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Skype Online – Pulse Available Exclusively to Broadcast Meetings

If you check the Message Center in the Office 365 admin portal, Microsoft announced that the Pulse service is no longer available as a free service but as an exclusive service for Skype for Business Broadcast Meetings. Microsoft Pulse allows for interactive voting, surveys, and polls to be conducted during a meeting for attendee interaction. This interaction keeps the attendee engaged and allows the meeting administrators live information on the audience reaction. When creating a Skype Broadcast Meeting, there is a new option to include the Microsoft Pulse app in the meeting. Let’s take a quick look on how to create a Microsoft Pulse and how to add it to a Skype Broadcast Meeting.
First, navigate out to If you don’t have an existing account, go ahead and register for one. Once registered, log in and the main admin portal will appear:Click on “Create Live Pulse” and enter the event details information. Make note of the custom URL created, we will need this information later to use with the Skype Broadcast Meeting configuration:

The first option is to configure a quick poll to gather information about the audience’s demographics, things like age, gender, education level, etc. When selecting an existing demographic, it becomes editable to change the name and options for the audience to answer. In our case, we are not interested in the demographics, so this step was skipped.
The next page presents options for live polling or what the participants will be rating or voting on. This could be questions such as if they agree with the speaker or topic being discussed. Once the question is established, we need to choose how the audience can react. This includes voting by points, smiley faces, thumbs up/down, or using a slider. For our town hall, I’m asking the audience to react to the company announcements and allowing them to vote on a 5 point scale using smiley faces.
The next option is to create a poll. This is a single question to ask the audience and seems to be limited to four responses. In our case, we skipped this as the next option is to create a survey in order to ask multiple questions with the option to have more than four answers. For our survey, we want to know what department the attendee works in and how long they have worked here (this probably could have been covered using the demographics option but I needed some example questions for a survey!):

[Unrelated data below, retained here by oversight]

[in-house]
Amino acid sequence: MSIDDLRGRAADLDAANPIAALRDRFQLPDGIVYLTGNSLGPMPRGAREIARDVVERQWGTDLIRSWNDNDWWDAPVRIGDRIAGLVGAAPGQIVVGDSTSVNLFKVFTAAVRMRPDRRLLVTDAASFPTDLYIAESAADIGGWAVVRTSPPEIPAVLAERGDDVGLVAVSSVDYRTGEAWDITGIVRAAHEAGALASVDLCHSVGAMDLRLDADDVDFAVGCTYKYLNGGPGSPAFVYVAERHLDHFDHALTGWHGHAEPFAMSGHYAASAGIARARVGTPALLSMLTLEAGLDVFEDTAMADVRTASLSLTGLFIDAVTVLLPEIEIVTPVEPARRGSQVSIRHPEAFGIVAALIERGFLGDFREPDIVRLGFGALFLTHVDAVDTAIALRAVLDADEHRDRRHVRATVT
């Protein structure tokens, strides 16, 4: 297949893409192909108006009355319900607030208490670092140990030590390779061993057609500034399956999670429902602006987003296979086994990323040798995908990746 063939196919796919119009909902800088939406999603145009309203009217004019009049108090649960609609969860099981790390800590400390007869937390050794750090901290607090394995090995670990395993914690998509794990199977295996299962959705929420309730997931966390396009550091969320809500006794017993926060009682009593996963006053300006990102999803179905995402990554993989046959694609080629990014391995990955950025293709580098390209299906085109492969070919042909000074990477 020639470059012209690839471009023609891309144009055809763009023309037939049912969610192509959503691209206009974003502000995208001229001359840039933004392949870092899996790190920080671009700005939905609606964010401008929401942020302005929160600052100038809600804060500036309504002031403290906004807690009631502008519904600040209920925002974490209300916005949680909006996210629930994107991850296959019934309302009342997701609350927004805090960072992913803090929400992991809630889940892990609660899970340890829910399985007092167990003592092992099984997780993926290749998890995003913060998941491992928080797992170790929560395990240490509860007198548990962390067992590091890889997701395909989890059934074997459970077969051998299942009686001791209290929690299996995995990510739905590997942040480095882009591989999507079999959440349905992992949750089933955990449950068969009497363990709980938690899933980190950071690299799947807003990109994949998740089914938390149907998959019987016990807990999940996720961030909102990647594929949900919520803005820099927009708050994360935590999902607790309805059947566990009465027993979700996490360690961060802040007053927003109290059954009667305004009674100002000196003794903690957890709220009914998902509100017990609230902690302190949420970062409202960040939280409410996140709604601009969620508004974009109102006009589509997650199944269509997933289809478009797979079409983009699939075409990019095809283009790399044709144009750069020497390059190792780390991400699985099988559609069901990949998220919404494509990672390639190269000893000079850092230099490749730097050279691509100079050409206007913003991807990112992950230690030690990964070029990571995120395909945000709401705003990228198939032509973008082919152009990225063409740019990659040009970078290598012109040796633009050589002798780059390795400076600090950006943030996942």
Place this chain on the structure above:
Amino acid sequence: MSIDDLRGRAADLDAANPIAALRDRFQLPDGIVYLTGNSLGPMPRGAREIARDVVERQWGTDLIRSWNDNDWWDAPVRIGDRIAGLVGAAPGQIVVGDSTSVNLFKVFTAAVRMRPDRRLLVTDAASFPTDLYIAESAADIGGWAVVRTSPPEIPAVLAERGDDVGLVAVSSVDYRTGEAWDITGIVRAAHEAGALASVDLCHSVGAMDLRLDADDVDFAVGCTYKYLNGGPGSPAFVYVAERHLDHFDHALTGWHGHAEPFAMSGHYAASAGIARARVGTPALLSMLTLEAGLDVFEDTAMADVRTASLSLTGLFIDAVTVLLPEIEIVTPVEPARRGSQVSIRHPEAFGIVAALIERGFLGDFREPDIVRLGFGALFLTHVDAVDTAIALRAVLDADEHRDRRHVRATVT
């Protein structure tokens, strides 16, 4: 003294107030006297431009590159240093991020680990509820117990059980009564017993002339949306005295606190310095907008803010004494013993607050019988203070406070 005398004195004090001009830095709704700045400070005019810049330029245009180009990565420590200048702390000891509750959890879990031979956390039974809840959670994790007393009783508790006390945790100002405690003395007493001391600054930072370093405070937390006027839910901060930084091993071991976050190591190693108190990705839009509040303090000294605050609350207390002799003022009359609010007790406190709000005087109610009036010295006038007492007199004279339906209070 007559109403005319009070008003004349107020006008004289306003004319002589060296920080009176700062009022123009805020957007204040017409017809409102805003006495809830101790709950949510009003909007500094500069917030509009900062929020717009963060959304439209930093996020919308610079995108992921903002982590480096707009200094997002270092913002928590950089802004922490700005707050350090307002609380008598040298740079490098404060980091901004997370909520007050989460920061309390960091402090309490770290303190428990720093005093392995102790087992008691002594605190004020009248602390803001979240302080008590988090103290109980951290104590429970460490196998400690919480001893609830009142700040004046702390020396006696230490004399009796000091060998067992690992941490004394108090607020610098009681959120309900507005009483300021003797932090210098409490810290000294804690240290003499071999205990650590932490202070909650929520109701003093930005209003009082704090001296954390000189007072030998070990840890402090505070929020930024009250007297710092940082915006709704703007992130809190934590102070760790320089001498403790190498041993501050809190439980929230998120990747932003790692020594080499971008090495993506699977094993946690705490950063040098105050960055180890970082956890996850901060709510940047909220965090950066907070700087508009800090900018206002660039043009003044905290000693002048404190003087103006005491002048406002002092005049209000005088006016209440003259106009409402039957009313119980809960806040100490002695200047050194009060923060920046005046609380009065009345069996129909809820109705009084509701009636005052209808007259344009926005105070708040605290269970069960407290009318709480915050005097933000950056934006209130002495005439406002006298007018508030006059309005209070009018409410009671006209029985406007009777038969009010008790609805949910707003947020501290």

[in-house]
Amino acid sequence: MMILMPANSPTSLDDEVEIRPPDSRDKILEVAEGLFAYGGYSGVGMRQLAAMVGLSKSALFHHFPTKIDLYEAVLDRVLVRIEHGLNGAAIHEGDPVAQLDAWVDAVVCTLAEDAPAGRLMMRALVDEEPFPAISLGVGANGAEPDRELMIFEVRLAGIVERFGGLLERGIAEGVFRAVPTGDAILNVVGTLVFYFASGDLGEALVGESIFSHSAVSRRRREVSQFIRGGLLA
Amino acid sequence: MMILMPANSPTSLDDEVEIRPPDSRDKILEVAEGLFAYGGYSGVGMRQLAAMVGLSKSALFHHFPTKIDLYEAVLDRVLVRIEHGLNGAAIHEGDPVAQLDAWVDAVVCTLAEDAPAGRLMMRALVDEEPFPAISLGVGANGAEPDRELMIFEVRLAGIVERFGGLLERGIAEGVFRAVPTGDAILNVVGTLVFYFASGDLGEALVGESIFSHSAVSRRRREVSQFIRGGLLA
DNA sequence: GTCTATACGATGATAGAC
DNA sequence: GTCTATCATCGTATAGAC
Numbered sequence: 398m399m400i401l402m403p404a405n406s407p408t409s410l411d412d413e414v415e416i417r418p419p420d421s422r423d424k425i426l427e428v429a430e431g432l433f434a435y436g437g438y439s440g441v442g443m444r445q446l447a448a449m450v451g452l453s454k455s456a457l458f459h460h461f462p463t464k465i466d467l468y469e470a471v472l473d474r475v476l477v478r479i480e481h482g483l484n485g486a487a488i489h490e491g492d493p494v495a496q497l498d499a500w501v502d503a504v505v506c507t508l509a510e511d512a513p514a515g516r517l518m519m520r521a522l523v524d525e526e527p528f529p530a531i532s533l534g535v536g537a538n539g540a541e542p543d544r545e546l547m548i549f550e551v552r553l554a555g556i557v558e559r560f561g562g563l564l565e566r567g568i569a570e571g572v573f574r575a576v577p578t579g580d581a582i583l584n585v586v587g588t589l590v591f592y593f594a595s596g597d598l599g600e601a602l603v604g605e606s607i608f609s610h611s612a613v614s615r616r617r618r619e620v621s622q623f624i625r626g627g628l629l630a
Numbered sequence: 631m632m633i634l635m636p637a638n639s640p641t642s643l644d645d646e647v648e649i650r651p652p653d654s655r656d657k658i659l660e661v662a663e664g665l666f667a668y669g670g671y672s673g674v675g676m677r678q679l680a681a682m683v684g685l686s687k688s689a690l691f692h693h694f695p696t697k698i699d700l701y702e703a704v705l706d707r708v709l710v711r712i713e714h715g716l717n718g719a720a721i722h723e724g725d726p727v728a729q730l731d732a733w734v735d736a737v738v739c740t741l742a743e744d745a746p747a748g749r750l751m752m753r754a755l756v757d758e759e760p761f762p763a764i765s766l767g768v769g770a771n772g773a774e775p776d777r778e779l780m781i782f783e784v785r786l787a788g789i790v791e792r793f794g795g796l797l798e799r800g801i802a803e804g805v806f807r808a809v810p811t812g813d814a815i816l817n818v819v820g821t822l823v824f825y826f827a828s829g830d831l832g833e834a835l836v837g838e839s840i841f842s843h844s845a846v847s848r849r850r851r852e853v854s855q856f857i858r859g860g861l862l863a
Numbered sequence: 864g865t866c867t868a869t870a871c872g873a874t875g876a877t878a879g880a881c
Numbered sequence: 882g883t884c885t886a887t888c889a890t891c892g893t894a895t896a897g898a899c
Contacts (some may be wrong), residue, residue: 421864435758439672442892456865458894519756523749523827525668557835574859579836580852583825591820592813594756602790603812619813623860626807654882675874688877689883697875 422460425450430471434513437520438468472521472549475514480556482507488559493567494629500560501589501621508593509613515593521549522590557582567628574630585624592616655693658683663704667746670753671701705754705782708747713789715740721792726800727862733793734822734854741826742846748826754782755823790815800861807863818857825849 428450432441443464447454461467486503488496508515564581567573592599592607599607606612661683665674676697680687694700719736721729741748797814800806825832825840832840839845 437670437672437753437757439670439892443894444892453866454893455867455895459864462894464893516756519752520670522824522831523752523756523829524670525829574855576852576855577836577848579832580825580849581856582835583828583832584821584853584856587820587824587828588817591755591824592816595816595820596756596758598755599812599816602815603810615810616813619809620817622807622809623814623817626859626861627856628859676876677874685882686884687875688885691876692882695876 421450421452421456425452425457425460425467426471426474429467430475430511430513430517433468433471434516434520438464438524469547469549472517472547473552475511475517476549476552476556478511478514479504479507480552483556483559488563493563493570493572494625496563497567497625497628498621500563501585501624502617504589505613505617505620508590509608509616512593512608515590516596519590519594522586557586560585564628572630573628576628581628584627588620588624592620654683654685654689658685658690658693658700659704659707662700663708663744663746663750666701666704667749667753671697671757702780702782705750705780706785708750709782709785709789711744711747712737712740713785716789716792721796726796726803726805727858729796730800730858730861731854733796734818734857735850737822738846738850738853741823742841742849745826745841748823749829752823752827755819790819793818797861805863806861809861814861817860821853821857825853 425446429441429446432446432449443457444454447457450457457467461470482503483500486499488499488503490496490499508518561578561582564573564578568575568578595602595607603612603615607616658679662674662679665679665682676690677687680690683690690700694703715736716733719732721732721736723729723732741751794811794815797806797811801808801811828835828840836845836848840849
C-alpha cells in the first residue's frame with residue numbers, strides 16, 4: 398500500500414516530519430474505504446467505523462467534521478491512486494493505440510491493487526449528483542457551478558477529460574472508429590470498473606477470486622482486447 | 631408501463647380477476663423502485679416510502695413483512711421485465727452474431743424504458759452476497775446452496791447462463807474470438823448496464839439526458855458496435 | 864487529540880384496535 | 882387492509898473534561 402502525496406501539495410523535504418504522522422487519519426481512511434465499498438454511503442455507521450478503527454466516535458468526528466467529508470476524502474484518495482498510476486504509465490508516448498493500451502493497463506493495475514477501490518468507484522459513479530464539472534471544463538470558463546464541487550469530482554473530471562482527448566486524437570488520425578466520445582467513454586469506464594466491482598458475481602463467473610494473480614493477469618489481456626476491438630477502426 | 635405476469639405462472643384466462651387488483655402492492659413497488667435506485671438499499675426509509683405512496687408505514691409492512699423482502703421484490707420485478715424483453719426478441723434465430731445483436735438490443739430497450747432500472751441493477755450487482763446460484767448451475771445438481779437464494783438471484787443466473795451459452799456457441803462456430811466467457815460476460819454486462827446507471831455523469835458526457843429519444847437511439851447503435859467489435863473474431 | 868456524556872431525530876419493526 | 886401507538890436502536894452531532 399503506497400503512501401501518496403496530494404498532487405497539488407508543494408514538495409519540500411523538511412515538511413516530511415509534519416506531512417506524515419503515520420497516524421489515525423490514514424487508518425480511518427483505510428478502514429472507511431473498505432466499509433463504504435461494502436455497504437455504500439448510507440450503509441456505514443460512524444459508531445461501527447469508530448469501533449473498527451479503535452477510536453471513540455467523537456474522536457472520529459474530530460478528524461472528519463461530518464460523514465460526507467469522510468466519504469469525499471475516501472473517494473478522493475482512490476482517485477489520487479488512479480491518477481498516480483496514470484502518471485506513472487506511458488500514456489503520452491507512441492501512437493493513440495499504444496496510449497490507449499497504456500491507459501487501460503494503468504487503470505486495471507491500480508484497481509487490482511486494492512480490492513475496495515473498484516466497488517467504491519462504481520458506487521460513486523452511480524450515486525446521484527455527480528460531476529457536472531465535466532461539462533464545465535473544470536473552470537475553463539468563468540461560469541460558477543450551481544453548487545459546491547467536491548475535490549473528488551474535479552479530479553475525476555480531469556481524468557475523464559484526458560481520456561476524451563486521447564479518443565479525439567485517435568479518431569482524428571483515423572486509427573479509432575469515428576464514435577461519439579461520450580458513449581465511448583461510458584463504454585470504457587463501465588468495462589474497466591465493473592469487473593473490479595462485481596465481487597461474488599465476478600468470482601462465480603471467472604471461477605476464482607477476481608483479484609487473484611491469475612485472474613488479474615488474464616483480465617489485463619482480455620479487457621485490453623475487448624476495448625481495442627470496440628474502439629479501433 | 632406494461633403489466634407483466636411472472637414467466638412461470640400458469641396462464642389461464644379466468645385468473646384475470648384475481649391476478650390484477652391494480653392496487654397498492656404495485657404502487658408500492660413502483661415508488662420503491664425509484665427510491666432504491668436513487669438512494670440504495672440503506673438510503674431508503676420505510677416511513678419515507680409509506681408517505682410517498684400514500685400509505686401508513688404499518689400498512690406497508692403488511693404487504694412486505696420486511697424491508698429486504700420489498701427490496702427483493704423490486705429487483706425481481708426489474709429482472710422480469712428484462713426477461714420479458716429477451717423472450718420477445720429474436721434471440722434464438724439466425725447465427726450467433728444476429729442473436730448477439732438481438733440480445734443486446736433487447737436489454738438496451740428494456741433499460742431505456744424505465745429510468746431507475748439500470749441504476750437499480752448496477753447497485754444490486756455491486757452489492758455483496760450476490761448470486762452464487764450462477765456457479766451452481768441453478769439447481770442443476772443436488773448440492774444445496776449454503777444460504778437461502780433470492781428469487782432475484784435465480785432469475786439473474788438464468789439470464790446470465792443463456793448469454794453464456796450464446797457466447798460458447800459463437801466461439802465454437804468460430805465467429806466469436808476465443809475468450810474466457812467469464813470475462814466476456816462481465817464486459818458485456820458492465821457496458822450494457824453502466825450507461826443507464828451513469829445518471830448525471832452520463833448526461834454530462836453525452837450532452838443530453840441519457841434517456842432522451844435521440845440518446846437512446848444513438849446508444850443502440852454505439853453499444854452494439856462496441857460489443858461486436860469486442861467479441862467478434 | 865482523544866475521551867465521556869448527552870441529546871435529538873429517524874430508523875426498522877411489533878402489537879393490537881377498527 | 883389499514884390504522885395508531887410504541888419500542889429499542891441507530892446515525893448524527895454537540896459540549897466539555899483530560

After the Pulse is created, you will be returned to the configuration page for the newly created Pulse. Here you can view the link to the Pulse, be able to preview it, and view voting, poll, and survey responses. For now, we need the URL to the Pulse in order to add it to our Broadcast Meeting:

Next, log into your Skype Broadcast Meeting account at From here, open an existing meeting to edit or create a new Broadcast Meeting. Once the meeting has been created, scroll down to “Attendee page settings” and select “Customize”. Here there is an option to include Audience Participation Apps, and they can be placed in either the right panel or lower panel. Click the plus sign next to either one, and a window will appear to select the app. Select the Microsoft Pulse app:

Next you will need to enter the Pulse ID and Account information. This can be gathered from the Pulse URL (remember when I said we needed it later!). Once this information is entered, click “Done” at the top of the page:

Now it’s time to start the broadcast. When an attendee joins the broadcast, the Pulse is not automatically started. The Pulse administrator has the option to start the voting or when to send the survey out to the participants. This gives a level of control so surveys, voting, and polls can be started and ended during the broadcast appropriately. To allow the audience to start voting, in the Pulse admin portal, click on “Activate voting” for the Pulse:

In order to allow voting in the survey, click on “Send” for the poll in the Pulse admin portal:

Now our audience has access to vote every 5 seconds and participate in the survey during the broadcast:

The administrator can also view the live voting results and add highlights to the timeline to mark when certain announcements were made in order to correlate audience reaction to them. The results of surveys and polls are also available:
And there you have it! This was only a basic overview of Pulse and its integration into Skype Broadcast Meetings. If you have an active Office 365 subscription, create your Pulse account and start checking it out. There is a bit of a learning curve so get familiar with it before including it in your future Skype meetings.
Did you find this article helpful? Leave a comment below or follow me on Twitter (@JeffWBrown) for more information on Skype for Business.

Thoughts on “Skype Online – Pulse Available Exclusively to Broadcast Meetings”

  1. You’ve redacted the account name on some of the pictures but not on others. Might want to change that.

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Jeff Brown, Senior Technical Consultant

I am a Senior Technical Consultant focusing on Lync/Skype for Business. I have a broad background in Windows system administration and enjoy writing PowerShell scripts.

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